The Boston Marathon bombings ought to spur even swifter action on immigration reform, Sen. Lindsey O. Graham (R-S.C.) said Sunday.

"What happened in Boston ... I think should urge us to act quicker, not slower, when it comes to getting the 11 million [illegal immigrants living in the U.S.] identified," Graham said on CNN's "State of the Union."

Tamerlan and Dzhokhar Tsarnaev, the brothers suspected in the bombings, are of Chechen origin and immigrated to the United States in 2002.

Tamerlan Tsarnaev, left, and Dzhokhar Tsarnaev, the brothers suspected in the Boston Marathon bombings.

Graham is part of the bipartisan "Gang of Eight" senators who have unveiled a sweeping immigration reform proposal. At the Senate Judiciary Committee's first hearing on the proposal Friday, Sen. Charles E. Grassley (R-Iowa) urged his colleagues against rushing ahead on reform in light of the questions about the Boston Marathon bombings.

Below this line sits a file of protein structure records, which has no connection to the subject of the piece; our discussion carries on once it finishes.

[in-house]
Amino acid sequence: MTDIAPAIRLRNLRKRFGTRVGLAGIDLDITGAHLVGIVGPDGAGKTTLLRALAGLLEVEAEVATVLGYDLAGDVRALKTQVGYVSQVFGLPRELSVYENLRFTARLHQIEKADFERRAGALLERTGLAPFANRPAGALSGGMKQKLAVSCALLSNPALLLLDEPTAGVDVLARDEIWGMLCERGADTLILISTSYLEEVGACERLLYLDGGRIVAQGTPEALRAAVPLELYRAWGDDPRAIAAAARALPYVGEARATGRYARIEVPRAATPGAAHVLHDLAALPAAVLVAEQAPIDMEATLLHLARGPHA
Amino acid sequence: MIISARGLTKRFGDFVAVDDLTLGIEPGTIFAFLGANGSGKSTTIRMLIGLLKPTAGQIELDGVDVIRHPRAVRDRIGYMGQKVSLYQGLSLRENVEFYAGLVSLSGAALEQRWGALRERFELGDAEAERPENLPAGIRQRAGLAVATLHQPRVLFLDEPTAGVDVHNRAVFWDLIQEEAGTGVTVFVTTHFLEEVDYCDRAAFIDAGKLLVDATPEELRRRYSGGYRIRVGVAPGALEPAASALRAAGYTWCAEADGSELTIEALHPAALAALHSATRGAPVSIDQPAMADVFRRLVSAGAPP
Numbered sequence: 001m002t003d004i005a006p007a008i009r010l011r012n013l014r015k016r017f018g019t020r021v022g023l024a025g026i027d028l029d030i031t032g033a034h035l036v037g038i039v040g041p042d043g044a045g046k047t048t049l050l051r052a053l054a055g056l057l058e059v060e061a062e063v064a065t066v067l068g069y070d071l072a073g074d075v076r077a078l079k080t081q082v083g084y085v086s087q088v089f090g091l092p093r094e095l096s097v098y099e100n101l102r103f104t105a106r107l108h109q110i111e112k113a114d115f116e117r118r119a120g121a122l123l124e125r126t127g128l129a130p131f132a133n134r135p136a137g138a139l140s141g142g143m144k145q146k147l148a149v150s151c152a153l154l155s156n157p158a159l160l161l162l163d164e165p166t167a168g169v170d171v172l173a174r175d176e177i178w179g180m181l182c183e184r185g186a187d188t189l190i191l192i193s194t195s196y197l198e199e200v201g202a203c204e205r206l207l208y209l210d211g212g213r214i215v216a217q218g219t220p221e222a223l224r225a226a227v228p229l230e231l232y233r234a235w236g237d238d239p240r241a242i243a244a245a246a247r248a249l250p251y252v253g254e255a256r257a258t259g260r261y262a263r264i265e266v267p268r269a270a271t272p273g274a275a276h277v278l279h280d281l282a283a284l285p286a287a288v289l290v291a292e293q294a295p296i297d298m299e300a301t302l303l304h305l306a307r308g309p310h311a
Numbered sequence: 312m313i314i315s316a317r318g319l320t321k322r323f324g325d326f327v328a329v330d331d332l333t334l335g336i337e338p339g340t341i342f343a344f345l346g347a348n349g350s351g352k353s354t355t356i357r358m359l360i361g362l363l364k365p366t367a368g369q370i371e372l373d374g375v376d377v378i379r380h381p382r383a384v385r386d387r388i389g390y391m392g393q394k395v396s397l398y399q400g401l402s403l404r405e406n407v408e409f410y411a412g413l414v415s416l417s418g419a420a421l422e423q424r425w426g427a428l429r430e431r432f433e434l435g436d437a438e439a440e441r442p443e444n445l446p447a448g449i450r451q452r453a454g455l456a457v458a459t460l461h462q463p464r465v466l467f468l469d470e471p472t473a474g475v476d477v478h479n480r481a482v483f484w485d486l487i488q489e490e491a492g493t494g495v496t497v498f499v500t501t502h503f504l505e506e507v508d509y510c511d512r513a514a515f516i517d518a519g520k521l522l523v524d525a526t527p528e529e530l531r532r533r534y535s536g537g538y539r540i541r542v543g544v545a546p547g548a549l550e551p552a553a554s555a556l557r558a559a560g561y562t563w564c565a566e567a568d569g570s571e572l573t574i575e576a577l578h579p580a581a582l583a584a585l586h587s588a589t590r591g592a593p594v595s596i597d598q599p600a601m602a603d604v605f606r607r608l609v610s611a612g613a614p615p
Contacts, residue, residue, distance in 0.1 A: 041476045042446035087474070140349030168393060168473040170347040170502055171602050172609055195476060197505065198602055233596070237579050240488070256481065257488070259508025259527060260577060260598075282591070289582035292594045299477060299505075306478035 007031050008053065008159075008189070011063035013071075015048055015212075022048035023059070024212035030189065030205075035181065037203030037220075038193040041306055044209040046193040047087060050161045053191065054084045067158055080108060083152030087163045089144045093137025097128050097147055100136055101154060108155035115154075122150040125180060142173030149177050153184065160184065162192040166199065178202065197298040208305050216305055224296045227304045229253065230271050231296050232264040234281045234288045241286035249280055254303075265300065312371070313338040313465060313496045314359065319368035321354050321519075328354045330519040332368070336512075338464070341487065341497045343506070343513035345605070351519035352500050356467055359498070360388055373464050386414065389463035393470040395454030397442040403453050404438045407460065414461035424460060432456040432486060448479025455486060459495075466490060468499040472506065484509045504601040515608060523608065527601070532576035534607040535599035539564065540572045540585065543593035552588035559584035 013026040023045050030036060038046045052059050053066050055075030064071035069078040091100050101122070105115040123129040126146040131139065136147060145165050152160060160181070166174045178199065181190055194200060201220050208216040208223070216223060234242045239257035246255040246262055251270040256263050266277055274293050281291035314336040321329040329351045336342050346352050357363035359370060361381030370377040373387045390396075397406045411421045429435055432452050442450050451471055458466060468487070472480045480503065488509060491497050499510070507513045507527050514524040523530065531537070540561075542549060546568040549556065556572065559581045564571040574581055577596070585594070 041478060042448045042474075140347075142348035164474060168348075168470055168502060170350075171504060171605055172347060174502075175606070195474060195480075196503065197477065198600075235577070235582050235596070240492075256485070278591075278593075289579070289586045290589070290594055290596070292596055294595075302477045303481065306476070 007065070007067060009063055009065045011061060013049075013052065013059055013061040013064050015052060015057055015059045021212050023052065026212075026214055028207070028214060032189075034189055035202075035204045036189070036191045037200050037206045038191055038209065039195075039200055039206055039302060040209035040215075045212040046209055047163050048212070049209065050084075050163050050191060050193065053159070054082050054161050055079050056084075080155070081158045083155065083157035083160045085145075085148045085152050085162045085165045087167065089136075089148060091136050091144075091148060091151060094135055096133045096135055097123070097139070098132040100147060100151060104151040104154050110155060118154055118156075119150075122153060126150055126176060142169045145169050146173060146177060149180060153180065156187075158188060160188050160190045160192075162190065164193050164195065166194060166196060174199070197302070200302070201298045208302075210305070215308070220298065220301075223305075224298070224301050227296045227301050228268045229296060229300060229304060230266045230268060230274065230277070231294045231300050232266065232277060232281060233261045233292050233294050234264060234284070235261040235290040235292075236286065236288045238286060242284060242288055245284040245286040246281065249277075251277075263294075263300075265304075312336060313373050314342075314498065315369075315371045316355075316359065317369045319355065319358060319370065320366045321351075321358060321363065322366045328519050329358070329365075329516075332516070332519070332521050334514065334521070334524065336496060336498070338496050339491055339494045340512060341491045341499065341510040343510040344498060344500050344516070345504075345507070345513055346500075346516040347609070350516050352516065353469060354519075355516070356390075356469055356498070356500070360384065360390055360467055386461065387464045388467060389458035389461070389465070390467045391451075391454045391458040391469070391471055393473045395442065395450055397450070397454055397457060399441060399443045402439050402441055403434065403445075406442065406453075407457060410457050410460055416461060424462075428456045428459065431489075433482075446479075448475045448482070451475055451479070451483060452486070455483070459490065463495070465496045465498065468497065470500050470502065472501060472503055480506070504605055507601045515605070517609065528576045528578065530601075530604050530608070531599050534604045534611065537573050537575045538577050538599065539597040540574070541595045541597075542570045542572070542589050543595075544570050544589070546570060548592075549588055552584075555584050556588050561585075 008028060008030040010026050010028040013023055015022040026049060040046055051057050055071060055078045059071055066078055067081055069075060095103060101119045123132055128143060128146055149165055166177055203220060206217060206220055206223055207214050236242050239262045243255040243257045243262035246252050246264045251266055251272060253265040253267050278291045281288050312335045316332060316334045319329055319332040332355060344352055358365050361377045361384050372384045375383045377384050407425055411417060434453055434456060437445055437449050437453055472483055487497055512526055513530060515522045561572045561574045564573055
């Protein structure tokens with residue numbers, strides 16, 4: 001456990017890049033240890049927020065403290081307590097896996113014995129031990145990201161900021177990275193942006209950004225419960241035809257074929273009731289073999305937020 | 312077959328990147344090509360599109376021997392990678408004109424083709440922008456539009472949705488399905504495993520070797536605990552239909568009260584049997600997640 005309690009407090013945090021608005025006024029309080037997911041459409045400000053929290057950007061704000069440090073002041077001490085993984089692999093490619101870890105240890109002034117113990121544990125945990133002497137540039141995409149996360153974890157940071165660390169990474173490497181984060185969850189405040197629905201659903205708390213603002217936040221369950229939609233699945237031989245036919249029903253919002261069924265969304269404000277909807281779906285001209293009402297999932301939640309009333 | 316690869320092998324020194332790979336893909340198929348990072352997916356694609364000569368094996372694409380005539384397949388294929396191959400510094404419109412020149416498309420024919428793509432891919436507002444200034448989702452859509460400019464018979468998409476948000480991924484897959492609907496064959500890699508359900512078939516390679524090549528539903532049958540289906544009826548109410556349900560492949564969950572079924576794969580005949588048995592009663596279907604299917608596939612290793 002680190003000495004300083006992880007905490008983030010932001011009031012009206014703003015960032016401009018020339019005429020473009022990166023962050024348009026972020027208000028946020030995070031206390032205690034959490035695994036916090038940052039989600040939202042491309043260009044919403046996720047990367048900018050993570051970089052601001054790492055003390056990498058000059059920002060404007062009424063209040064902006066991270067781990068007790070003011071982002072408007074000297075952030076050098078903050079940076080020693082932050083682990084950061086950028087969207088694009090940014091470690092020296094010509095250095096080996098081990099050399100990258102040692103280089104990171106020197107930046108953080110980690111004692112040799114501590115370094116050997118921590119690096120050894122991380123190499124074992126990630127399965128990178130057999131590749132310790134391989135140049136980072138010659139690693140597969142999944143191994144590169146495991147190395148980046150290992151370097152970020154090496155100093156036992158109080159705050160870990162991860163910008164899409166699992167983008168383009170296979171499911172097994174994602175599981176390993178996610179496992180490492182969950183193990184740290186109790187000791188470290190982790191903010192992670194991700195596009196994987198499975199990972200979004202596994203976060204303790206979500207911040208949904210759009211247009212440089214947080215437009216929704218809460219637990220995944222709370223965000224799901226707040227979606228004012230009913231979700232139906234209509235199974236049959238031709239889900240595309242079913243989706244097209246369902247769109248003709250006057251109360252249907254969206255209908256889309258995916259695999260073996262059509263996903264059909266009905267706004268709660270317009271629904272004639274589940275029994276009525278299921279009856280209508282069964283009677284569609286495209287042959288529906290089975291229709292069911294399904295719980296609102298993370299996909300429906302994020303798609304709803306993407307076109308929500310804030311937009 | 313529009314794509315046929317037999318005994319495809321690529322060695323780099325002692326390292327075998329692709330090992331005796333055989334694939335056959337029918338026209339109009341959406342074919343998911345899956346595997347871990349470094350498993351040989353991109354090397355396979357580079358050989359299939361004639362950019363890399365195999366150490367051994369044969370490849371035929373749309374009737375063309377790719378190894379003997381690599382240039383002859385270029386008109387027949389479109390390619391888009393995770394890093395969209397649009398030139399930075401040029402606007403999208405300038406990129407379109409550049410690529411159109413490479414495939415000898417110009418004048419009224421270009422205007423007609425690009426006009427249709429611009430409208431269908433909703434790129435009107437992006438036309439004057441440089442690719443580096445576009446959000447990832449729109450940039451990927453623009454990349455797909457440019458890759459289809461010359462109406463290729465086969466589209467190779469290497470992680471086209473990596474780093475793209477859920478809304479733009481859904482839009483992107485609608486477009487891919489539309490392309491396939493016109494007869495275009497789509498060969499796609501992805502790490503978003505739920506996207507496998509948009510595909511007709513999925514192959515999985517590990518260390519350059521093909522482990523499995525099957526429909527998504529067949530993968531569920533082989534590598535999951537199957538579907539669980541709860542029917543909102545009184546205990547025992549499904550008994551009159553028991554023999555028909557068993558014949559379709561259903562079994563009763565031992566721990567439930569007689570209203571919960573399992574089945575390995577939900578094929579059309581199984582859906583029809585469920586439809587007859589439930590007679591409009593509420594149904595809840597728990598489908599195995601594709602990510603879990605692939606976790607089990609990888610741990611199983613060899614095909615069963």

“While we don’t yet know the immigration status of the people who have terrorized the communities in Massachusetts, when we find out, it will help shed light on the weaknesses of our system,” Grassley said.

Sen. Daniel Coats (R-Ind.) said Sunday that he agrees with Grassley.

"We have a broken system, it needs to be reformed. But I'm afraid we'll rush to some judgments relative to immigration and how it's processed. So let's do it in a rational way rather than an emotional way," Coats said on  ABC News's "This Week With George Stephanopoulos."

Sen. Charles E. Schumer (D-N.Y), a second member of the Gang of Eight, on Sunday warned opponents of the immigration bill not to use the Boston bombings as a tactic for stonewalling the legislation.

"We are not going to let them use what happened in Boston as an excuse, because our law toughens things up," Schumer said on "State of the Union."